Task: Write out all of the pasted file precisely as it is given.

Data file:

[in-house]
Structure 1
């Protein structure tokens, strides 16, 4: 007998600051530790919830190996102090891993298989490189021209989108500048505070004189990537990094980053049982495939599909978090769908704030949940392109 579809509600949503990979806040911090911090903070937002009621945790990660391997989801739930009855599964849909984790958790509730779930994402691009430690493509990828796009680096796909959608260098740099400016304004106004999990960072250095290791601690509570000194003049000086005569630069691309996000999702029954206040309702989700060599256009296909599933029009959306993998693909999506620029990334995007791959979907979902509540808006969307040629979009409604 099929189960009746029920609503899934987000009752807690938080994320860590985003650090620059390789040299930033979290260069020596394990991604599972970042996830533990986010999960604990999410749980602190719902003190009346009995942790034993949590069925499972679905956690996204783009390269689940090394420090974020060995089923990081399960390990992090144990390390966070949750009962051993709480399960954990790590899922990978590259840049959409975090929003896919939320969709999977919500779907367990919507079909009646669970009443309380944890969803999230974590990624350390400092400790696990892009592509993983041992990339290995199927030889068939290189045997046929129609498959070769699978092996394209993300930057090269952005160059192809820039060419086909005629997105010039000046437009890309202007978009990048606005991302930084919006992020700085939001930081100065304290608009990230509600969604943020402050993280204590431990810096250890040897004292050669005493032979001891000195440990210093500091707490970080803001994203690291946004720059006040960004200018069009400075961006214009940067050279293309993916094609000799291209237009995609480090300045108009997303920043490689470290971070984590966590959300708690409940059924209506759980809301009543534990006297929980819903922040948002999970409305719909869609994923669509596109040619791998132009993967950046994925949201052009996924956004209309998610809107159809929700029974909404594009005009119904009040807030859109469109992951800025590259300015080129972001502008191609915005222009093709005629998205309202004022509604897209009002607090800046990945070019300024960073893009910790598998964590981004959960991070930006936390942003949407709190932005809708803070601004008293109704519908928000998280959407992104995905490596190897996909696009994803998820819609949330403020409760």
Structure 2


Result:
[in-house]
Structure 1
């Protein structure tokens, strides 16, 4: 007998600051530790919830190996102090891993298989490189021209989108500048505070004189990537990094980053049982495939599909978090769908704030949940392109 579809509600949503990979806040911090911090903070937002009621945790990660391997989801739930009855599964849909984790958790509730779930994402691009430690493509990828796009680096796909959608260098740099400016304004106004999990960072250095290791601690509570000194003049000086005569630069691309996000999702029954206040309702989700060599256009296909599933029009959306993998693909999506620029990334995007791959979907979902509540808006969307040629979009409604 099929189960009746029920609503899934987000009752807690938080994320860590985003650090620059390789040299930033979290260069020596394990991604599972970042996830533990986010999960604990999410749980602190719902003190009346009995942790034993949590069925499972679905956690996204783009390269689940090394420090974020060995089923990081399960390990992090144990390390966070949750009962051993709480399960954990790590899922990978590259840049959409975090929003896919939320969709999977919500779907367990919507079909009646669970009443309380944890969803999230974590990624350390400092400790696990892009592509993983041992990339290995199927030889068939290189045997046929129609498959070769699978092996394209993300930057090269952005160059192809820039060419086909005629997105010039000046437009890309202007978009990048606005991302930084919006992020700085939001930081100065304290608009990230509600969604943020402050993280204590431990810096250890040897004292050669005493032979001891000195440990210093500091707490970080803001994203690291946004720059006040960004200018069009400075961006214009940067050279293309993916094609000799291209237009995609480090300045108009997303920043490689470290971070984590966590959300708690409940059924209506759980809301009543534990006297929980819903922040948002999970409305719909869609994923669509596109040619791998132009993967950046994925949201052009996924956004209309998610809107159809929700029974909404594009005009119904009040807030859109469109992951800025590259300015080129972001502008191609915005222009093709005629998205309202004022509604897209009002607090800046990945070019300024960073893009910790598998964590981004959960991070930006936390942003949407709190932005809708803070601004008293109704519908928000998280959407992104995905490596190897996909696009994803998820819609949330403020409760």
Structure 2